The translation in the anterior-posterior direction and medial-lateral direction among the control group is presented as femur relative to tibia in the article by Kozanek et al. (2009)  but not converted to the data of tibia relative to femur, the way the authors of the PLOS ONE article define these measures for the obese population. As the description of the knee motion in the two studies is not the same, the authors converted the kinematic data of the control group (Kozanek's data) to the definition of the data published in PLOS ONE. Unfortunately, some data in the control group were not converted correctly. The error affects two of the six comparisons of the data between the obese group and the control group (Fig 3D and 3E) but does not affect the conclusions or overall scientific understanding of the study. As such, the penultimate sentence of the Abstract is incorrect. The correct sentence is: Specifically, obese individuals with knee pain maintained the knee in more flexion with a reduced total range of knee flexion and had a different pattern in the anterior-posterior translation during most of the stance phase of the gait cycle.
The last paragraph of the Results section is also incorrect. The correct paragraph is: The range of anterior-posterior translation in the obese group was not significantly different from in the healthy group (5.1±2.5 mm vs. 6.4±1.2 mm, p = 0.151) (Fig 3E); however, the tibial position with respect to femur was different between the two groups in the second half of the stance phase. Specifically, the obese knees were in a more posterior position than the control group at the end of the mid-stance phase (0.8±2.7 mm vs. 4.0±0.5 mm, p = 0.005), and at the end of terminal stance phase (1.4±2.0 mm vs. 2.9±0.7 mm, p = 0.044), but in a more anterior position than the control group at the end of the stance phase (3.1±2.6 mm vs. -2.3±1.0 mm, p<0.001). The obese group had less range of medial-lateral translation than the control group (2.7±1.1 mm vs. 4.3±0.6 mm, p = 0.001), and were consistently in a more lateral position than the control group throughout the stance phase of the gait cycle (Fig 3D). The obese knees did not have a significantly different range of superior-inferior translation (1.8±0.6 mm vs. 2.8±1.1 mm, p = 0.054), but had significantly lower values than the control group during most of the stance phase of the gait cycle (Fig 3F).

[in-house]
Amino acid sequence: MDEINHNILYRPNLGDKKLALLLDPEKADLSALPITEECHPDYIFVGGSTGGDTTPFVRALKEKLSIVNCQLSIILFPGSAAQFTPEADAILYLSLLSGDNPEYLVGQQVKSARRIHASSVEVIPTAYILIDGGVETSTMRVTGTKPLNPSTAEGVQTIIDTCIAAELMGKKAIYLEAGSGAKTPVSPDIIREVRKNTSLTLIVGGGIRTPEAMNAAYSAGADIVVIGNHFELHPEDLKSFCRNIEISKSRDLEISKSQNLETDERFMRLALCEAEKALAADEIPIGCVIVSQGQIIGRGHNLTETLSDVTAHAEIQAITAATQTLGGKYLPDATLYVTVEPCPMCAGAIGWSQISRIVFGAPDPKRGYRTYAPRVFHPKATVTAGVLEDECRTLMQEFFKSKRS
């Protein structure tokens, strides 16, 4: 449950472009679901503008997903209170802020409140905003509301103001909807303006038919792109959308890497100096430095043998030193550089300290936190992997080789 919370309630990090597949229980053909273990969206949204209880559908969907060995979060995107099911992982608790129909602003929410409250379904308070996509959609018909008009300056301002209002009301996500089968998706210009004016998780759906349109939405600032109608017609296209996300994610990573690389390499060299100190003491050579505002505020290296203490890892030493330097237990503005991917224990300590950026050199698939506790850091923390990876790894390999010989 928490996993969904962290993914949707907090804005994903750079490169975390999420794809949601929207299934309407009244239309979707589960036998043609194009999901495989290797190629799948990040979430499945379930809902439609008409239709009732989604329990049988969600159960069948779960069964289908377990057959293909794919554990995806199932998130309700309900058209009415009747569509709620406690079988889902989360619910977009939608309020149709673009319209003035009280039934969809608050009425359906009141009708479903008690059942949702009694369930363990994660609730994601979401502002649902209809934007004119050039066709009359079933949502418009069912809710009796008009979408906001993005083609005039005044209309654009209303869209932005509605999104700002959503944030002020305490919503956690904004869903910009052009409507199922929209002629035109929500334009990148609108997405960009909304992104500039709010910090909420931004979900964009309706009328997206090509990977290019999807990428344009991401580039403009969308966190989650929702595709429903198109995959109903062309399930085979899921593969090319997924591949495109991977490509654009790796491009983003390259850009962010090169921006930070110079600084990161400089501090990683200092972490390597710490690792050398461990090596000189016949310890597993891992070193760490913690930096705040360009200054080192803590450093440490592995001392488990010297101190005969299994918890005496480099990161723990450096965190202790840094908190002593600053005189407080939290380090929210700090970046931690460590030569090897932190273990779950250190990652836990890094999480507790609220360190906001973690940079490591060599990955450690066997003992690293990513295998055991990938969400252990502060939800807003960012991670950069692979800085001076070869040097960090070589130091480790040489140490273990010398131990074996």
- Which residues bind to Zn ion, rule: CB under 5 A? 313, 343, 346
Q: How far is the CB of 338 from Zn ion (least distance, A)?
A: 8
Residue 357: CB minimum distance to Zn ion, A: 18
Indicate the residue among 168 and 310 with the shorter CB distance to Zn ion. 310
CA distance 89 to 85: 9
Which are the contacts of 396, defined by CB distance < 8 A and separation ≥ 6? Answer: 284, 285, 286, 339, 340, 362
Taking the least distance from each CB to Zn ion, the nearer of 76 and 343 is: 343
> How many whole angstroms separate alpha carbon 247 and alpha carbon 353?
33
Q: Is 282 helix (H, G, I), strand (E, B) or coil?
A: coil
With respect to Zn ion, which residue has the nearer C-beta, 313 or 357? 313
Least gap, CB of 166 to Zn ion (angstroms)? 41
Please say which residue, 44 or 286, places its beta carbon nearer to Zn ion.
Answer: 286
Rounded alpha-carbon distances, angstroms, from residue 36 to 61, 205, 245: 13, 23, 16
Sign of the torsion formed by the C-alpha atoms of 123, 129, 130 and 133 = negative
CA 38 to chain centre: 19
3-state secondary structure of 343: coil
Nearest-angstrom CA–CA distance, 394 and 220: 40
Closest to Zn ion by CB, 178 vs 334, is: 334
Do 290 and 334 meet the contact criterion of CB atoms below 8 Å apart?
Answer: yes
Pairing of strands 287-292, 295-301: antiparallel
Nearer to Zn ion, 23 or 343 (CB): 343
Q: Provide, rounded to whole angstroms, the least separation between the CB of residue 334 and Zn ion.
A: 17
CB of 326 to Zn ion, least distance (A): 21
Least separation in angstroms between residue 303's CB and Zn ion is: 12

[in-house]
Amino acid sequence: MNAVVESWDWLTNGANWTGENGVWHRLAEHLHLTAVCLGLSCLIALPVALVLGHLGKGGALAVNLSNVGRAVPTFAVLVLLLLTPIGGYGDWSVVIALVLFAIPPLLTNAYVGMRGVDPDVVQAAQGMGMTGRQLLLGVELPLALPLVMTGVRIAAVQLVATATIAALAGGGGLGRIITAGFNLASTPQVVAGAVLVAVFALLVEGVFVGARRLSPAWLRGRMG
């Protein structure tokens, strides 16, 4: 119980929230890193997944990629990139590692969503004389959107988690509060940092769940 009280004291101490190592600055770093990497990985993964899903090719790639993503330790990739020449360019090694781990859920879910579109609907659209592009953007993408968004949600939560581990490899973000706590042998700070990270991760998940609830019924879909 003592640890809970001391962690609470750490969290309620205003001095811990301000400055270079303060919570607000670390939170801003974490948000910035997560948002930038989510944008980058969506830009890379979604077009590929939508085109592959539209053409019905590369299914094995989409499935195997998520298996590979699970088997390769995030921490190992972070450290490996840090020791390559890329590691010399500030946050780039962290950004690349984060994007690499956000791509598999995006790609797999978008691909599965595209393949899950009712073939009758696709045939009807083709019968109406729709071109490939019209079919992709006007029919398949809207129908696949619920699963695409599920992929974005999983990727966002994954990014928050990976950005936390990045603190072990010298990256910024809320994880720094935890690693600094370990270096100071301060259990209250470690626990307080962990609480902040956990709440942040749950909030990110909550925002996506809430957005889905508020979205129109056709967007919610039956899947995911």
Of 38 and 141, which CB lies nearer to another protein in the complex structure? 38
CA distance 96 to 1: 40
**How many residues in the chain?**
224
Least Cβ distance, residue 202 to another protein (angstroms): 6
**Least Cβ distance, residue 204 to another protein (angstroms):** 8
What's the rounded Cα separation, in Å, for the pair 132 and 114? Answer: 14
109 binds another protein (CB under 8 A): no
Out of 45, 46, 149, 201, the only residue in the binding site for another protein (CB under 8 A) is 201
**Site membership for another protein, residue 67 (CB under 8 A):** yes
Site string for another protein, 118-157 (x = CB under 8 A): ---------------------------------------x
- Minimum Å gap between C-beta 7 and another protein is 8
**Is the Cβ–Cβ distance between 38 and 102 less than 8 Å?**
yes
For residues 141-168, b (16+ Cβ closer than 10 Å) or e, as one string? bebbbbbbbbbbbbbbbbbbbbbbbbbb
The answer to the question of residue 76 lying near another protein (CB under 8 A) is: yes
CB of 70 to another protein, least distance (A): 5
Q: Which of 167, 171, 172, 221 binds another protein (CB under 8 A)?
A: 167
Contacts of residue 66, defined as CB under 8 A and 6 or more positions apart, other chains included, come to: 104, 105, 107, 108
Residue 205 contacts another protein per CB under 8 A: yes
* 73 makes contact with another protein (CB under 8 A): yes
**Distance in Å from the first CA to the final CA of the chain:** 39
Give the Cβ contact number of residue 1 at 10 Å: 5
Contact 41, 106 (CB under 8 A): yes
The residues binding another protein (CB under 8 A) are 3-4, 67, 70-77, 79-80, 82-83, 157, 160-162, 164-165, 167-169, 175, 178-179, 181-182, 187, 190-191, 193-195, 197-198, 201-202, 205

Additionally, Fig 3 is incorrect. The authors have provided a corrected version here.
Solid line indicates the mean and shade area for ±1SD. Asterisk denotes significant difference between two groups.
Please note that for the ranges of motion presented above and in the text of the Results section, values for the specific range were calculated first for each subject, and then the average of those subject-specific values is presented. By contrast, the graph presented in Fig 3 is plotted using the group means of the time series data. Due to variability between subjects, the peaks (and subsequently the range) are attenuated when plotted in this manner.
The original unconverted control group dataset was obtained from a previous study ; the converted control group dataset (tibia relative to femur) is included here as a Supporting Information file, S1 File, with permission.
- 1. Li J-S, Tsai T-Y, Felson DT, Li G, Lewis CL (2017) Six degree-of-freedom knee joint kinematics in obese individuals with knee pain during gait. PLoS ONE 12(3): e0174663. https://doi.org/10.1371/journal.pone.0174663 pmid:28339477
- 2. Kozanek M, Hosseini A, Liu F, Van de Velde SK, Gill TJ, Rubash HE, et al. Tibiofemoral kinematics and condylar motion during the stance phase of gait. Journal of biomechanics. 2009;42(12):1877–84. Epub 2009/06/06. pmid:pmid:19497573
Citation: Li J-S, Tsai T-Y, Felson DT, Li G, Lewis CL (2019) Correction: Six degree-of-freedom knee joint kinematics in obese individuals with knee pain during gait. PLoS ONE 14(2): e0213084. https://doi.org/10.1371/journal.pone.0213084
Published: February 22, 2019
Copyright: © 2019 Li et al. This is an open access article distributed under the terms of the Creative Commons Attribution License, which permits unrestricted use, distribution, and reproduction in any medium, provided the original author and source are credited.